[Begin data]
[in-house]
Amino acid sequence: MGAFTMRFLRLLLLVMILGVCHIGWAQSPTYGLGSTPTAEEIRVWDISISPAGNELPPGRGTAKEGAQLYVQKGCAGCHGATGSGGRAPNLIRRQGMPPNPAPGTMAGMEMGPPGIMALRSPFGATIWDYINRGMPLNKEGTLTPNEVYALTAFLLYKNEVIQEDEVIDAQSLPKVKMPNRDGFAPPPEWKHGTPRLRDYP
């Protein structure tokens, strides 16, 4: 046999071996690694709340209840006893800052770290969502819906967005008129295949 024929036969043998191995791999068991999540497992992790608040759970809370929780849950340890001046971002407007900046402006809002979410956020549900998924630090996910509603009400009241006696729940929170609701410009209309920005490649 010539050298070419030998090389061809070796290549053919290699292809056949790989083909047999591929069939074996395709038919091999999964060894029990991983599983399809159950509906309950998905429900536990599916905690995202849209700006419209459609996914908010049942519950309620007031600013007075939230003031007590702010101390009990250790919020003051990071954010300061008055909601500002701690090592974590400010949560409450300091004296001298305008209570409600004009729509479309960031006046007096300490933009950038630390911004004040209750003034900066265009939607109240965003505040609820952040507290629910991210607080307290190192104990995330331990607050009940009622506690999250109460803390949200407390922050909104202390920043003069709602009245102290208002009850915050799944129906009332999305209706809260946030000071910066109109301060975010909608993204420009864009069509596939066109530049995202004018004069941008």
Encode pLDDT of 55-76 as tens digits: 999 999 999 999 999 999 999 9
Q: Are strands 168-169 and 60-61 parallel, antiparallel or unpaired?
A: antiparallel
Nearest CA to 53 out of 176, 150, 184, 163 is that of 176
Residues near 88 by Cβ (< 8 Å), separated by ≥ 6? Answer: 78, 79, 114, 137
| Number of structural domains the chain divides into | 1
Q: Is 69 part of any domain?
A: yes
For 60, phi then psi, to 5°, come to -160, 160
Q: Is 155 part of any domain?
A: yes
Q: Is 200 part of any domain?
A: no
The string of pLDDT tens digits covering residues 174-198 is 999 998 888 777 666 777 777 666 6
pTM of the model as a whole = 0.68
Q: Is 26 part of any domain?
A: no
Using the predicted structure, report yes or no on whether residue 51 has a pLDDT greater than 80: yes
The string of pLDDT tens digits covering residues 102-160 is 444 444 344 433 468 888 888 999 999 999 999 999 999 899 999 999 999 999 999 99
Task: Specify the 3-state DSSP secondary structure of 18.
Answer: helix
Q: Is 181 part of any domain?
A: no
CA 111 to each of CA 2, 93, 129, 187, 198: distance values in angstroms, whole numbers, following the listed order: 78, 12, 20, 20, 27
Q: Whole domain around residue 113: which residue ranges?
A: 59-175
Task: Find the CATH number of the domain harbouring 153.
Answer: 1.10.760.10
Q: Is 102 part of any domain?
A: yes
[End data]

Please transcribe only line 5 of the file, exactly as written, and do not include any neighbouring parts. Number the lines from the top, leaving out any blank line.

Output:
Q: Are strands 168-169 and 60-61 parallel, antiparallel or unpaired?